While I was at Crown College we had rules. We signed a piece of paper saying we would follow these rules. Some rules revolved around dancing, R-rated movies, tobacco, and alcohol. For some this seemed like a way to increase integrity among the students and faculty. I don’t recall if increasing integrity was the aim of these rules because rules don’t equal morality.
While Crown called me to a high moral standard God holds me to an even higher one when Jesus says, “You therefore must be perfect, as your heavenly Father is perfect,” (Matt. 5:48).
I am not perfect. You are not perfect. Only God is perfect. So, how could Jesus actually call us to something that we, in ourselves, could never be? Is Jesus being illogical? Is he insane? No, he is only calling people to what he knows…Perfection. God would be less than God if he were to call us to something less than what his moral standard is. His perfect moral standard is something to strive for but it is also something that is impossible for the flesh.
Many times God’s law gets boiled down to simply what we do. I either do the right thing or the wrong thing. However, God’s law and moral code goes even deeper than actions. It calls into question the motives of men. Jesus has an interesting interaction with a young ruler who comes to him in Matthew 19. Verses 16-20 says:
And behold, a man came up to him, saying, “Teacher, what good deed must I do to have eternal life?” And he said to him, “Why do you ask me about what is good? There is only one who is good. If you would enter life, keep the commandments.” He said to him, “Which ones?” And Jesus said, “You shall not murder, You shall not commit adultery, You shall not steal, You shall not bear false witness, Honor your father and mother, and, You shall love your neighbor as yourself.” The young man said to him, “All these I have kept. What do I still lack?”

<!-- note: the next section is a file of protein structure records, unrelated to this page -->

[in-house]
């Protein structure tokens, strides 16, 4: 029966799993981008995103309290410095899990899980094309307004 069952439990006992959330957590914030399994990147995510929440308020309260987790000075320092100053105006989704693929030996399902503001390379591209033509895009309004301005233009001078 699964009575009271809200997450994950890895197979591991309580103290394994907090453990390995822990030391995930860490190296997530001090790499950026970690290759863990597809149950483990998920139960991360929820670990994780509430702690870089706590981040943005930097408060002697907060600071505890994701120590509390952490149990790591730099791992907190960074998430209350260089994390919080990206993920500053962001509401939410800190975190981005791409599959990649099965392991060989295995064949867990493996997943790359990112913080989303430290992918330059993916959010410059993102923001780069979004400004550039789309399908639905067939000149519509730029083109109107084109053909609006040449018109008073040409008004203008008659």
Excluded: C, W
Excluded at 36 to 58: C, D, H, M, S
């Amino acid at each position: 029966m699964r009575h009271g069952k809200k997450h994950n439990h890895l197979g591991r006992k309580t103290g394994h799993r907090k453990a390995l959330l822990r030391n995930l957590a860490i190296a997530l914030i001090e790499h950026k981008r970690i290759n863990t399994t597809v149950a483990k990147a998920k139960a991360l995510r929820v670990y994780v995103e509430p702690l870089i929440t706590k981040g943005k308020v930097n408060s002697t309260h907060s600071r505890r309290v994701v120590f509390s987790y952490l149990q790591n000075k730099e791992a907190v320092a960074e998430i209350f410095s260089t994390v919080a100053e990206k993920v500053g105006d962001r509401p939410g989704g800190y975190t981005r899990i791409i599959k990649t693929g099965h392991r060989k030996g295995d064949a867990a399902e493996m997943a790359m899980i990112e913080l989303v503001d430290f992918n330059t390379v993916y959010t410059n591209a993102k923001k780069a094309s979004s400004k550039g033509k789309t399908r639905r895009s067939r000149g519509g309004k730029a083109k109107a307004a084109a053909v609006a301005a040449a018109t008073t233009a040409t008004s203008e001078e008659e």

I find the question that gets asked of Jesus interesting. The man asked, “Teacher, what good deed must I do to have eternal life?” It is interesting that Jesus doesn’t refute the idea that good deeds get you salvation. What Jesus does is he uses the man’s standard to show how undeserving he really is. The man goes on to say that he has followed God’s commands and wonders what else he could possibly lack. Jesus then cuts beyond the Ten Commandments when he responds to the man’s question, “What do I still lack?”:
Jesus said to him, “If you would be perfect, go, sell what you possess and give to the poor, and you will have treasure in heaven; and come, follow me.” –(21)
Jesus says, “If you would be perfect”. The bench mark goes beyond the Ten Commandments it goes to the heart of the individual. Jesus knows that this man coming to him is not capably or willing to do what it takes to earn his way to heaven. When Jesus, God in human flesh, asks the man to drop everything and follow him the man is not able to do so. We see the man’s reaction to Jesus’ words in the following verse (22):
When the young man heard this he went away sorrowful, for he had great possessions.
The young man had many riches and could not part with them to follow Christ. The depth of God’s law goes beyond mere doing the right and wrong things. It goes beyond a list of rules like those found at Crown College. It highlights the depth of the sin that dwells within people. None of us can be perfect on our own. But, through the sacrifice of Christ all of us that have embraced the Gospel have been labeled righteous before God.
Would you be willing to drop everything to follow Jesus?